Even though Thanksgiving was not always a traditional holiday on the island, many Puerto Rican families calling the States home began celebrating it by adding a touch of Sabor Latino. A traditional Puerto Rican Thanksgiving menu will likely consist of Pavochon, Mofongo stuffing, Arroz con Gandules (rice with pigeon peas), Tostones, and Tembleque or dulce de leche. I serve a green bean casserole with my meal and for an appetizer I fry up some Platanos versus the Tostones. I season mine with garlic, black pepper and salt and serve them with Mojo Criollo.
I’m usually cooking enough food to feed at least five Marines so I get a 12–15 lb turkey and call it a day. My mom always taught me to begin prepping my turkey the day before Thanksgiving so my seasonings have time to soak into that bird.
Two Days or One Day Before:
To thaw your bird slow you can stick it in the refrigerator two days before or for fast thawing submerge it in it’s wrapping (DO NOT take wrapping off) in your tub or a deep sink in cold water. Make sure the entire bird is submerged. The bigger the bird the longer it’ll take to thaw. A big turkey like the ones I cook usually take 2 days to thaw out in the refrigerator.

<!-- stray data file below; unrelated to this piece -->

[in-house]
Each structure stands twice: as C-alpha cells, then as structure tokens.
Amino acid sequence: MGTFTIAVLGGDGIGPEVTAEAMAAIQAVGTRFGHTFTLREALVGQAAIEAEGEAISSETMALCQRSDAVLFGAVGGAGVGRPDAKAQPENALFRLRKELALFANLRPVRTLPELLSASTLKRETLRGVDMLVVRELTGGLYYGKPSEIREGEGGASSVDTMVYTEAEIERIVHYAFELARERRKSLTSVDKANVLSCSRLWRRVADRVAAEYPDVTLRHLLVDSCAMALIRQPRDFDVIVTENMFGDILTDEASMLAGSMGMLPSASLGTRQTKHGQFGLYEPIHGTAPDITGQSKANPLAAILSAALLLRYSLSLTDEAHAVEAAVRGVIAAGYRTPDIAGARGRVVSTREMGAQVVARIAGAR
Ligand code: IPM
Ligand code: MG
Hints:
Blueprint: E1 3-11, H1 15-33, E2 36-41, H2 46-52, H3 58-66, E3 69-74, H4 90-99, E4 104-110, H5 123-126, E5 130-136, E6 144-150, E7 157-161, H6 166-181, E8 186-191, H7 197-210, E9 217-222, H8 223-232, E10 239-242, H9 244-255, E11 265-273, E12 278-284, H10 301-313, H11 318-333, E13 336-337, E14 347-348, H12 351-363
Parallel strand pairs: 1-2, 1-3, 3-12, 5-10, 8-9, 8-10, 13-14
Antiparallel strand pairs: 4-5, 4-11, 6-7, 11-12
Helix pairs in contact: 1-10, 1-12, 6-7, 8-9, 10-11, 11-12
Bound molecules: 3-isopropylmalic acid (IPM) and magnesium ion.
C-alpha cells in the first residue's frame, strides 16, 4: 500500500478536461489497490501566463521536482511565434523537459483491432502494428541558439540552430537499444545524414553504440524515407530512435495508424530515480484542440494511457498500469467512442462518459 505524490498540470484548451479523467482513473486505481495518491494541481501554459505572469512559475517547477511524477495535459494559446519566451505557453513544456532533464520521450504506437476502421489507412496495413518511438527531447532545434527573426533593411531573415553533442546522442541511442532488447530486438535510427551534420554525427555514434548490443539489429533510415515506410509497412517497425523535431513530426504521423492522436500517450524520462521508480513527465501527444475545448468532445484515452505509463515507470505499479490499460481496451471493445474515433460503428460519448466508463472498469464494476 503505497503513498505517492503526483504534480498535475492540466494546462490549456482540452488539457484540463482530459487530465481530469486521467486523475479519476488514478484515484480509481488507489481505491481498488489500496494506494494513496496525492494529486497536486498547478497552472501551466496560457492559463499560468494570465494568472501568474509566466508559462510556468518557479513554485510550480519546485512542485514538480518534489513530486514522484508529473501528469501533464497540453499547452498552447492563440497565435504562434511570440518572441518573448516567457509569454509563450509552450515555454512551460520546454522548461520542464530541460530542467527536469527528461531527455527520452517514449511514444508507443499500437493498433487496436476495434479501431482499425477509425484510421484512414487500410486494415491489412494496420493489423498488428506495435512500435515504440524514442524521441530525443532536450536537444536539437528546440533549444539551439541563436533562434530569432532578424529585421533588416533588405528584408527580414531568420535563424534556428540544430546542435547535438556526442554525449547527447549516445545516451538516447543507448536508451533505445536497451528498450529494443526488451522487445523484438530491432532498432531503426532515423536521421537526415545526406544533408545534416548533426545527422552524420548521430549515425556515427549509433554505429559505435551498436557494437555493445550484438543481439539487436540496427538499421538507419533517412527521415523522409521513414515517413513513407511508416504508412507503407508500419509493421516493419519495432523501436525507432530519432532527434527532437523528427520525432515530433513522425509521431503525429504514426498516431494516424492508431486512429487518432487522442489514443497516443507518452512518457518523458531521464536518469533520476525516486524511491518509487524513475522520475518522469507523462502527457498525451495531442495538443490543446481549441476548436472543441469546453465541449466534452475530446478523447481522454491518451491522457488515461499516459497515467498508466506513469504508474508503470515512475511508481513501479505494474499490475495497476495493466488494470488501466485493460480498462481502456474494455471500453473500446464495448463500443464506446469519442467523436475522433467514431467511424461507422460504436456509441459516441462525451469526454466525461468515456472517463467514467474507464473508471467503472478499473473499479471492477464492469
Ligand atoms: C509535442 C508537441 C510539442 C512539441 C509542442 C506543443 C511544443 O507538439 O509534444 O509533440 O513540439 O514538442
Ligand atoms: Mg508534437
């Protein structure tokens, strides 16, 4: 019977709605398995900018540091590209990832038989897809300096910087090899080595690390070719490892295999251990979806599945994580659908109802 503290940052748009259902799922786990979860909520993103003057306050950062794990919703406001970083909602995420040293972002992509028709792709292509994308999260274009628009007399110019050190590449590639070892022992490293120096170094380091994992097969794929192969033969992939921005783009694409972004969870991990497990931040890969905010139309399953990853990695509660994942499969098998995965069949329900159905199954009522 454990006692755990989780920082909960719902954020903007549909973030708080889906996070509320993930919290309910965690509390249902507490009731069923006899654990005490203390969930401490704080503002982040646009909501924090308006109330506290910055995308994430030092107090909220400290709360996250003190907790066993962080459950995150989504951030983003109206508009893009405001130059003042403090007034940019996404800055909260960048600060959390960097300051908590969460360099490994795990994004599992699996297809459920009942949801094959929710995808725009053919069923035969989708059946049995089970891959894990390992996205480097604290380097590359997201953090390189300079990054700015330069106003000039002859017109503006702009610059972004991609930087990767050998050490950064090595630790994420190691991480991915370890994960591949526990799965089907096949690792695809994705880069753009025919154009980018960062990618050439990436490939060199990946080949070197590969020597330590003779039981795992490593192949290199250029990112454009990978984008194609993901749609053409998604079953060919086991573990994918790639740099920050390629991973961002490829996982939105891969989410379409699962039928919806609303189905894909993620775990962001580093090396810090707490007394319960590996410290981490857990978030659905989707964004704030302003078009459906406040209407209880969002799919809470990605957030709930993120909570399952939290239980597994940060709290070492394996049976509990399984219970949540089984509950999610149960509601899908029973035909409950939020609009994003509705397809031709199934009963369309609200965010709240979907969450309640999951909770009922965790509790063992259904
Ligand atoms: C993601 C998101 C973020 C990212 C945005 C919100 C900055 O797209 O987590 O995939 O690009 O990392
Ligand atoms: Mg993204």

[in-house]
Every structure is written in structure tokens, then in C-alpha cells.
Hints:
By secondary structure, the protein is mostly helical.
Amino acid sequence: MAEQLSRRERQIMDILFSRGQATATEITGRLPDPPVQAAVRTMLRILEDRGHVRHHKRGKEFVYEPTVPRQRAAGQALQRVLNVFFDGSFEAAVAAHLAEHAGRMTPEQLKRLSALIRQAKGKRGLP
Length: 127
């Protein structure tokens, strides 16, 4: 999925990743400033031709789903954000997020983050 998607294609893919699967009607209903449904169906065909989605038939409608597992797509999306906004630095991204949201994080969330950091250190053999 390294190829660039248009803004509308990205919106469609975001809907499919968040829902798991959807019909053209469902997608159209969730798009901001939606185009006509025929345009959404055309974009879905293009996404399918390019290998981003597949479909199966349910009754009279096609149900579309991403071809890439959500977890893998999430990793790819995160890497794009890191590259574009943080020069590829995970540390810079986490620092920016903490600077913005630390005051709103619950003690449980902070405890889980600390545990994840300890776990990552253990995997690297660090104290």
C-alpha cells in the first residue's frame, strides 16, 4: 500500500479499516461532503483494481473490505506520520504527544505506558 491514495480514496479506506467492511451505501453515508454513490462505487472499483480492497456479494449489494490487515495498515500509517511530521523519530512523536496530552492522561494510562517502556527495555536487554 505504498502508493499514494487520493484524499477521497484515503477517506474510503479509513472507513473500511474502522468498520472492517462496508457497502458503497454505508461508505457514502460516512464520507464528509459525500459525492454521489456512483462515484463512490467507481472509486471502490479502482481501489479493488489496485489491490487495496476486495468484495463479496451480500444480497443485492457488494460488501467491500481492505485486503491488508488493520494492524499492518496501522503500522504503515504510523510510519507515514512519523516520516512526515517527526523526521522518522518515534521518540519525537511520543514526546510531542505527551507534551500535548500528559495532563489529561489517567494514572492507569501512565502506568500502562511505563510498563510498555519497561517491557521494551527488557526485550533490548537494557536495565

The Day Before:
Season your bird with Adobo, inside and out. Be generous. Your guests will appreciate it. No one wants a bland turkey. Gather your black pepper, garlic salt, oregano and paprika and rub them all over the bird. Poke holes in your bird with a fork so that the seasonings will soak into its skin. Set the bird back in the fridge.
I usually begin cooking my bird around 4 a.m., which only leaves me room to do other things like pull out my tree and decorations and set up other dishes. Begin by preparing your mofongo stuffing.
6 large green plantanos,
1⁄3 C of chicken broth
4 tsp. chopped garlic
1 lb bacon chopped into small pieces and cooked. Throw away fat.
3 sweet chili peppers, chopped
1⁄4 cup olive oil
Mix bacon, garlic, peppers, and olive oil. Mash the platanos and olive oil mixture in your pilon. Repeat until all ingredients are gone. Mix mofongo and broth and if mofongo isn’t moist enough, add more broth. Stuff the bird with the mofongo and cook. and follow instructions that came with your bird.
NOW FOR THE BIRD:
Heat your oven to 375º.
Rinse your turkey well. Rinse the inside once you remove the bag from the turkey’s cavity. Be sure to pull out the bag from your turkey BEFORE you begin cooking it!!! Muy Importante!